The Constitutional Death of the UAW “Part Four” by William Hanline
Cycle Repeats Itself
Have you heard of the “Cyclic Theory” in history? Some historians claim history eventually repeats itself. I find an irony in that theory; for as intelligent human beings wouldn’t you think we would learn from recorded history not to repeat the same mistakes? After reviewing court documents about the UAW/GM lawsuit, newspaper articles, even a UAW booklet printed and passed out to Big Three/ UAW retirees back in 1976, it is apparent corporate America has reinvented the old problem they experienced before. The problem or burden of legacy cost for retirees and their healthcare on American corporations.
In 1973 when the union negotiated language for thirty and out in Big Three contracts the UAW set the trend in organized industrial America that would allow workers to retire before reaching age 65. UAW President, Leonard Woodcock presented a booklet to UAW members in 1976. It explained how the union was able to negotiate improvements in retirees’ benefits. Yes, improvements even though the Big Three suffered huge losses from high gasoline prices, and poor sales of gas guzzling cars they were building at that time. Additionally, the booklet reported the effects inflation had on retirees’ healthcare and economics in general, not the automakers but the retirees! Furthermore, lest not forget, Chrysler’s request for a bail out from congress. Even though the UAW negotiated a six year reprieve from negotiating any more thirty and out language the union was still able to live up to its Constitutional commitment to fight for economic and social justice for its members, retirees and communities. In fact, Woodcock wrote in the forward of that booklet. “We cannot be committed to a mandated course which could embroil us in litigation.” Funny thing, thirty years later the UAW is joining GM in a non-adversarial lawsuit that could prevent retirees from going to court against the automaker for reducing their benefits. What is this sudden profligacy exhibited by Gettelfinger and Shoemaker (the Cooperation Partners) toward lifelong benefits for UAW retirees? Especially, since they know the UAW won a motion in U.S. district court on December 27, 2005 that prevents ArvinMeritor Inc. from changing retiree health-care benefits. The purpose of this letter is to explain the wherefores and whys and to encourage every GM retiree to file an objection to the UAW/GM Settlement Agreement before the February 13, 2006 deadline. More importantly, to ask retirees to join with Mr. Leroy H. McKnight’s efforts to protect retirees’ legal rights to post retirement (vested) benefits.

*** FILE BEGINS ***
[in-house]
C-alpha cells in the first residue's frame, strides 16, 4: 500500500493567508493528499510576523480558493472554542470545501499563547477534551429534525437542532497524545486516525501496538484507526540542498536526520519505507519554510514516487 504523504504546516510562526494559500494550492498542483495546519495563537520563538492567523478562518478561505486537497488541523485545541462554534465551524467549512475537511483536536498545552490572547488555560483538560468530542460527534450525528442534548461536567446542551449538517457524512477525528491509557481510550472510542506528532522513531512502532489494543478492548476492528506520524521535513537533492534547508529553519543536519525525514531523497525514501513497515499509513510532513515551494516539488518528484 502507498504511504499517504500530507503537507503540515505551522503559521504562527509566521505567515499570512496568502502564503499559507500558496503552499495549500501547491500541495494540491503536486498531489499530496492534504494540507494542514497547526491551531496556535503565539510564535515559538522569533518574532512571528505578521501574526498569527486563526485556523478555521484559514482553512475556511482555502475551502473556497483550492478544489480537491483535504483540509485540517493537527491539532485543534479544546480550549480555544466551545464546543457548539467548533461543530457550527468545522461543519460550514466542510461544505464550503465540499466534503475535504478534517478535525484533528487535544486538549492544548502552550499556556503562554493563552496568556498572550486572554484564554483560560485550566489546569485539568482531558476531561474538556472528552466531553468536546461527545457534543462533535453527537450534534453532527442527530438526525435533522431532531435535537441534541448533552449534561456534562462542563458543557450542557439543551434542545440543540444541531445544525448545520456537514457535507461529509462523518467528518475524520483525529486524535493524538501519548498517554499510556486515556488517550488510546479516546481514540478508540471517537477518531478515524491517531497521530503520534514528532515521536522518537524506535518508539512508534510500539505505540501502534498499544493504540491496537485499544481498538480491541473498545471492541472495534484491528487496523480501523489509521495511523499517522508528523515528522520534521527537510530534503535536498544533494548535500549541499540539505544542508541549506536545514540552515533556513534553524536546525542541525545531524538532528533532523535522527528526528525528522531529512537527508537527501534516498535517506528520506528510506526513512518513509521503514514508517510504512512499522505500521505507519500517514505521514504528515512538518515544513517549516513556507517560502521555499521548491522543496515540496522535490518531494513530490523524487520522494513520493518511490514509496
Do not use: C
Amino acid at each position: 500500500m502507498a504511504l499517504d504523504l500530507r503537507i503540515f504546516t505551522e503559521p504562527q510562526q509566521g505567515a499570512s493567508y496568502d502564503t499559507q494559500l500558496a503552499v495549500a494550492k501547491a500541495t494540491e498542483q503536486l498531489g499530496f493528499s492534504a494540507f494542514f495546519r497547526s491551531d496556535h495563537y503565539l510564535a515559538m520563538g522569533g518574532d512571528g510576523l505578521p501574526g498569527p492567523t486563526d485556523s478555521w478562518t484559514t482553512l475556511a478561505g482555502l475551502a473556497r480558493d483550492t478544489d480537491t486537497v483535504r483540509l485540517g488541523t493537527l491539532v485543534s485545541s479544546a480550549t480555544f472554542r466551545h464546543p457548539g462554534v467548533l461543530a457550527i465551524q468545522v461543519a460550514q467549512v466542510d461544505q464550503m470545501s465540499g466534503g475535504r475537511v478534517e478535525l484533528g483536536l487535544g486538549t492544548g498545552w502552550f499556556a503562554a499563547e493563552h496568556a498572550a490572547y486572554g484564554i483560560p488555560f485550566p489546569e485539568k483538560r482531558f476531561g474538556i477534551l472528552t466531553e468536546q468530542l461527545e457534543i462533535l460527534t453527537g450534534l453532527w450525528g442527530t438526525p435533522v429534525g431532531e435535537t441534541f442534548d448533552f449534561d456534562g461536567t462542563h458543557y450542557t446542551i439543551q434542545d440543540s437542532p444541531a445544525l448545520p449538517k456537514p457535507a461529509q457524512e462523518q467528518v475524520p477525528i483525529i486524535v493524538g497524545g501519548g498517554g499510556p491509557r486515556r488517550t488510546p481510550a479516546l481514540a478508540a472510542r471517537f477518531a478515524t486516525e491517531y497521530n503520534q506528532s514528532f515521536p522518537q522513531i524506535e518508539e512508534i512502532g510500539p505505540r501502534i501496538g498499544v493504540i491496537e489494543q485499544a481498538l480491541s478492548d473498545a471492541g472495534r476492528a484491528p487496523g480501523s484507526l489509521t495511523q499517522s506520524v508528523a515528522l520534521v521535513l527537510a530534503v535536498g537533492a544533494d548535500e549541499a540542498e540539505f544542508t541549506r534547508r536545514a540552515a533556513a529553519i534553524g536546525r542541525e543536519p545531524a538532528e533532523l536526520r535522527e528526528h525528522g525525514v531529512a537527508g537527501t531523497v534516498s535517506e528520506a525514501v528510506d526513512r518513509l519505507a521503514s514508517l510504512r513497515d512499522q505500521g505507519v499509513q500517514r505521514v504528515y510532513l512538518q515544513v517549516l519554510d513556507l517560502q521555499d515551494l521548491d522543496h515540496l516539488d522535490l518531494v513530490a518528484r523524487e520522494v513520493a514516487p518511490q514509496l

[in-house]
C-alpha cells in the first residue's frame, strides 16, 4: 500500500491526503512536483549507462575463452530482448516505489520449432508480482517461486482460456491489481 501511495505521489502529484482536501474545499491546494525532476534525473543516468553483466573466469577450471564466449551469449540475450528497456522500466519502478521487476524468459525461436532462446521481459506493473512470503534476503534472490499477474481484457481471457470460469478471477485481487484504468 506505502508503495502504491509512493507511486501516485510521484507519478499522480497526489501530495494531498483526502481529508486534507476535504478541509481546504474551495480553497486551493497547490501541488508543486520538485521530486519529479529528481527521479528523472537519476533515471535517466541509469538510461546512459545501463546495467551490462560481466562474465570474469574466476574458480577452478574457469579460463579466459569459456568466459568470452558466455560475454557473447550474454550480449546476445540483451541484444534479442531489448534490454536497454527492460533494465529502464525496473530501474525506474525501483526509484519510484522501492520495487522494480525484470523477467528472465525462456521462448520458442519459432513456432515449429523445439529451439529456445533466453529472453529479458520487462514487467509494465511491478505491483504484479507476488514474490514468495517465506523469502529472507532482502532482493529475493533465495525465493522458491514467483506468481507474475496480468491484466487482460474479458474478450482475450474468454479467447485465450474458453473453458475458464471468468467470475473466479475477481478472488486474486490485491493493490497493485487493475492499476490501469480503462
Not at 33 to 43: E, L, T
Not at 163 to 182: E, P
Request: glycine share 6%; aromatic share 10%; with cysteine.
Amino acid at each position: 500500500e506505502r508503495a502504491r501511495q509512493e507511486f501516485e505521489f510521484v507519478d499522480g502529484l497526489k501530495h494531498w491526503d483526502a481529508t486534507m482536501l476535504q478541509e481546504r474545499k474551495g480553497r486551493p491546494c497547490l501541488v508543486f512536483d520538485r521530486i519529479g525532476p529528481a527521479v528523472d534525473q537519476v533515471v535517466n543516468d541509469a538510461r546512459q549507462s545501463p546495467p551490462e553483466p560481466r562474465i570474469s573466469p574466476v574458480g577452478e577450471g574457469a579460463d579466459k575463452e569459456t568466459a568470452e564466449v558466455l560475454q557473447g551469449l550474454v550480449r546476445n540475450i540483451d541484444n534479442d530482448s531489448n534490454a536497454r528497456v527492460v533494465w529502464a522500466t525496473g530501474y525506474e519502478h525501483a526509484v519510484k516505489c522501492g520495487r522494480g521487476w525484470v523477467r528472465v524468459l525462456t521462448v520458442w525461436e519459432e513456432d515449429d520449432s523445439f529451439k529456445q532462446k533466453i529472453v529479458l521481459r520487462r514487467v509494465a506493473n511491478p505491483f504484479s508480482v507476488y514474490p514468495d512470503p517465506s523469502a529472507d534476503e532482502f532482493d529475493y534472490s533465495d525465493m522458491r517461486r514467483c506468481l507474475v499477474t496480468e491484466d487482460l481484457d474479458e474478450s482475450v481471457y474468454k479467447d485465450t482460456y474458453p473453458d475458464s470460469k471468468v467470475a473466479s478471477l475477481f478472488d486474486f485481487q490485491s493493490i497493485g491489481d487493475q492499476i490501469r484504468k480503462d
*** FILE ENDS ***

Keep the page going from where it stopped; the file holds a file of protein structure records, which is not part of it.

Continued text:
Nature of the Lawsuits
First, do not conflate the UAW/GM lawsuit with Mr. McKnight’s lawsuit for they are two different creatures.
1) The UAW/GM lawsuit arises from General Motor’s decision to unilaterally (with out bargaining with the UAW) to modify retirees’ healthcare benefits. The UAW alleges in the lawsuit that hourly healthcare benefits in retirement are VESTED and unalterable. However, before the lawsuit was filed the UAW and GM negotiated a Memorandum of Understanding (MOU), known as the Settlement Agreement (SA), which was ratified by active working GM-UAW workers. The circuit court judge did not rule on the initial purpose. However, the case changed to get the judge’s rubber stamp of approval of the new Settlement Agreement. The new MOU will cost the retirees’ more for benefits and prevent them from suing GM during the life of the SA.
2) The McKnight lawsuit arises from the method the UAW and GM are using to seek relief for GM from retirees’ healthcare cost. The UAW is literally helping GM accomplish the latter without GM filing bankruptcy. Bankruptcy laws would allow GM to reduce retirees’ benefits without all the procedural safeguards and consequences provide by law. Mr. McKnight is trying to intervene on behalf of all retirees’ rights to receive unaltered benefits and be able to sue GM if the company does reduce the benefits.
The following are various reasons Mr. Mark Baumkel, Mr. McKnight’s counsel, recorded in a brief filed December 27, 2005 in opposition to the December 22, 2005 order reached by Judge Robert E. Cleland to temporarily approve the Settlement Agreement reached by the UAW and GM, until a fairness hearing is held March 6, 2006.